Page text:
A spruce bark beetle is seen on the underside of a piece of bark taken from logs stacked near Central Peninsula Landfill on Thursday, July 1, 2021, near Soldotna, Alaska. (Ashlyn O’Hara/Peninsula Clarion)

A spruce bark beetle is seen on the underside of a piece of bark taken from logs stacked near Central Peninsula Landfill on Thursday, July 1, 2021, near Soldotna, Alaska. (Ashlyn O’Hara/Peninsula Clarion)

Borough gets $1.5 million to fell beetle-killed trees along roads

The assembly will decide next Tuesday whether or not to accept that money

The federal government plans to give the Kenai Peninsula Borough $1.5 million to take down trees killed by spruce bark beetles along borough roads.

The Kenai Peninsula Borough Assembly will decide next Tuesday whether or not to accept that money, which was approved by Congress as part of the U.S. Forest Service’s budget for the current fiscal year. Assembly members gave initial approval to the ordinance accepting that money during their Aug. 1 meeting and will hold a public hearing and final vote on Aug. 15.

Kenai Peninsula Borough Mayor Peter Micciche wrote in an April 17 letter submitting the project for consideration for federal funds that a need for clear rights of way is identified as a priority in the borough’s 2022 Community Wildfire Protection Plan. Spruce trees killed by spruce bark beetles are especially susceptible to wildfires and are prone to falling over.

“This fuels reduction project ensures safe ingress/egress for the public and first responders, utilizes ROWs as fuel breaks during wildfire operations, and lessens utility outages or fire starts caused by downed trees during wind events,” Micciche wrote.

Kenai Peninsula Borough Planning Director Robert Ruffner wrote in the grant application that the money, if awarded, would be used to employ private contractors to remove dead trees in borough rights of way. The borough’s planning department, Ruffner wrote, would work with borough service areas as part of the mitigation efforts.

The borough envisions using the $1.5 million over the course of three years and plans to measure the success of the project by logging the linear distance of roads treated, as well as number of trees removed. Per the application, the borough’s target is to remove 15,000 trees from priority areas.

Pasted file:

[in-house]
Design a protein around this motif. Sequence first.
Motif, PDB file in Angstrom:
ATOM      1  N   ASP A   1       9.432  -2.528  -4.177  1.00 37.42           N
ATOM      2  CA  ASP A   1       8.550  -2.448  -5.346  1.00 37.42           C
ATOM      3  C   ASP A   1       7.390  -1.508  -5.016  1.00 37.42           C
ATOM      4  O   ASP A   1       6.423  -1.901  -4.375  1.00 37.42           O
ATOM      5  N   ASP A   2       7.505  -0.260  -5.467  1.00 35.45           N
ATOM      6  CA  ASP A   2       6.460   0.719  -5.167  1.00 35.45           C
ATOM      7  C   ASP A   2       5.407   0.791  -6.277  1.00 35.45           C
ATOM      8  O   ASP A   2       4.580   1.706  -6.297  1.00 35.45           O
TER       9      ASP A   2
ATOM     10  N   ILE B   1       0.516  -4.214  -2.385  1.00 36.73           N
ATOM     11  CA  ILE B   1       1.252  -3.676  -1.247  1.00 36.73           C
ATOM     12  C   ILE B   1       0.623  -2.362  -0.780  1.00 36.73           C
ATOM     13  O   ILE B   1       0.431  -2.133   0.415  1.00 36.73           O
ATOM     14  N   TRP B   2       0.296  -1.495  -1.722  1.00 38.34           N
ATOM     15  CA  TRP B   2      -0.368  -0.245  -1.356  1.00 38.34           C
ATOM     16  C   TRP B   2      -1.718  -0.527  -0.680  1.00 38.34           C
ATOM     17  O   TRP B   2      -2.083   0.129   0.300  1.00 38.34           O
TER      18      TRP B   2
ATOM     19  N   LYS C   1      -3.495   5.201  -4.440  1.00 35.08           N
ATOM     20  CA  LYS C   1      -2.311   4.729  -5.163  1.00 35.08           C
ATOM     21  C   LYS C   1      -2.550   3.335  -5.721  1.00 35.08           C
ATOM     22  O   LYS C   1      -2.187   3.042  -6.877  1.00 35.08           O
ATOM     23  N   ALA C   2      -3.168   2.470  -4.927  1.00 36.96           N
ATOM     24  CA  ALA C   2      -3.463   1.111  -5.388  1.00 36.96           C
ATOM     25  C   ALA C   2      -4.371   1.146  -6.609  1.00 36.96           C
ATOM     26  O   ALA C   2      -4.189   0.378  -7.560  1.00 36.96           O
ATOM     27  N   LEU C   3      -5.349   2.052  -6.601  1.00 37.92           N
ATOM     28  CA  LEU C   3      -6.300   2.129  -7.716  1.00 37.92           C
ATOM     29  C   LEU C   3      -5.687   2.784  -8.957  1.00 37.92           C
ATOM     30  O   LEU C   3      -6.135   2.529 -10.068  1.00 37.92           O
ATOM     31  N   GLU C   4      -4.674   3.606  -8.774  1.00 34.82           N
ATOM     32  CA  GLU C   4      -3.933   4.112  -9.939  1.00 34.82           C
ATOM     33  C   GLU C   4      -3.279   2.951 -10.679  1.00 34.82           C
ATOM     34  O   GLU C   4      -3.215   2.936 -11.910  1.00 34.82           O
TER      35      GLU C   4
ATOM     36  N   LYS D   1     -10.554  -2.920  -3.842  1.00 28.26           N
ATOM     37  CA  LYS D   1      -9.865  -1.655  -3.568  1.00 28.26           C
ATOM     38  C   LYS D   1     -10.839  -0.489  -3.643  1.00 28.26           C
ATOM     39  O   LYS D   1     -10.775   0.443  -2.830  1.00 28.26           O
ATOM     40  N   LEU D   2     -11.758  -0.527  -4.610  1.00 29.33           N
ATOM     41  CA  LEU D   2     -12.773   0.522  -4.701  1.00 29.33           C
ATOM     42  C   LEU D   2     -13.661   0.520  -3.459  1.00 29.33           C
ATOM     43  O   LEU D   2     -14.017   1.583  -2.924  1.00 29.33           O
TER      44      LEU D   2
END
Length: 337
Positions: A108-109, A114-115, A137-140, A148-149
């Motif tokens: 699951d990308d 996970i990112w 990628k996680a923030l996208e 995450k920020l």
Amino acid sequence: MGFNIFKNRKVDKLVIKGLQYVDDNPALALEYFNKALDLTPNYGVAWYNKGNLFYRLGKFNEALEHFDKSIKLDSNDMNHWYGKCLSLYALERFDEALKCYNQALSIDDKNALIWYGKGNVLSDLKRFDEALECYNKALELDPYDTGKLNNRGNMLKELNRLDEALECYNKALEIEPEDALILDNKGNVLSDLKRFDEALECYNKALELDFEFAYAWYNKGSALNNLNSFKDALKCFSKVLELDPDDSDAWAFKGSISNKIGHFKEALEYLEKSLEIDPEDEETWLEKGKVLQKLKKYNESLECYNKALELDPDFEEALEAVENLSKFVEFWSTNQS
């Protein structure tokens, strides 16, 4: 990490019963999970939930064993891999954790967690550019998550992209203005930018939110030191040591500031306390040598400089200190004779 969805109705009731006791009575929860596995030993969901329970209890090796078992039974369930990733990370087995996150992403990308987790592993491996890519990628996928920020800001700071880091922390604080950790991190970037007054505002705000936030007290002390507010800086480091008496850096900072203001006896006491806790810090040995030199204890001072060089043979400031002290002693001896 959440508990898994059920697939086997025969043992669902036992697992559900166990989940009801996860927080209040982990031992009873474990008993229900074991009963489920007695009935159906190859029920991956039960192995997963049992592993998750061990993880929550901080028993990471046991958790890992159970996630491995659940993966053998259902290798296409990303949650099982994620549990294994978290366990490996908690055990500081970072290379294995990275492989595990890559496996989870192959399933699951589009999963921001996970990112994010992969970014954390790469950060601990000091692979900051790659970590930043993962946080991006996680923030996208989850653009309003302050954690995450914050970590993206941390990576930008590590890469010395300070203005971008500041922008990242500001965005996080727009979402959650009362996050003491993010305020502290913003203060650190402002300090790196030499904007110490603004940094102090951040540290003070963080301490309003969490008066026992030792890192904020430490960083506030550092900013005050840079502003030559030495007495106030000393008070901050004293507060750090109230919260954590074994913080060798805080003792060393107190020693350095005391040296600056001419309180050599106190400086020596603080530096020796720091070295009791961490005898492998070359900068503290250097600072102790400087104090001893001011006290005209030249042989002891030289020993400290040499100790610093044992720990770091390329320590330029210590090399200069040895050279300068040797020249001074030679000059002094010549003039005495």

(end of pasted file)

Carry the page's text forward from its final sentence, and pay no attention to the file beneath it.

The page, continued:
The legislation being considered by assembly members, if approved, would be effective retroactively to the beginning of the current fiscal year, July 1.

The funds will build on another federal grant that the borough received earlier this year. The borough assembly in June accepted more than $70,000 from the U.S. Department of the Interior’s Bureau of Land Management, to be used for treatment of beetle-killed trees located on borough land.

Across Southcentral Alaska, which has bore the brunt of the latest spruce bark beetle outbreak, joint surveying by the University of Alaska Fairbanks, the Alaska Department of Natural Resources and the U.S. Department of Agriculture shows that beetle activity “decreased dramatically” in 2022.

Per a website maintained by that cohort, aerial surveys detected beetle activity on about 48,800 acres of land in 2022. That’s as compared to 2021, when aerial surveys detected activity on about 193,500 acres of land.

In all, the current spruce bark beetle outbreak has affected more than 1.86 million cumulative acres, the vast majority of which has occurred in Southcentral Alaska. According to the Forest Service’s 2022 Alaska Forest Health Survey, spruce bark beetle outbreaks are the “most active” near Soldotna and Kasilof, as well as in the Matanuska-Susitna Borough and the lower Denali Borough.

More information about spruce bark beetle activity in south central can be found at alaskasprucebeetle.org.

Reach reporter Ashlyn O’Hara at ashlyn.ohara@peninsulaclarion.com.

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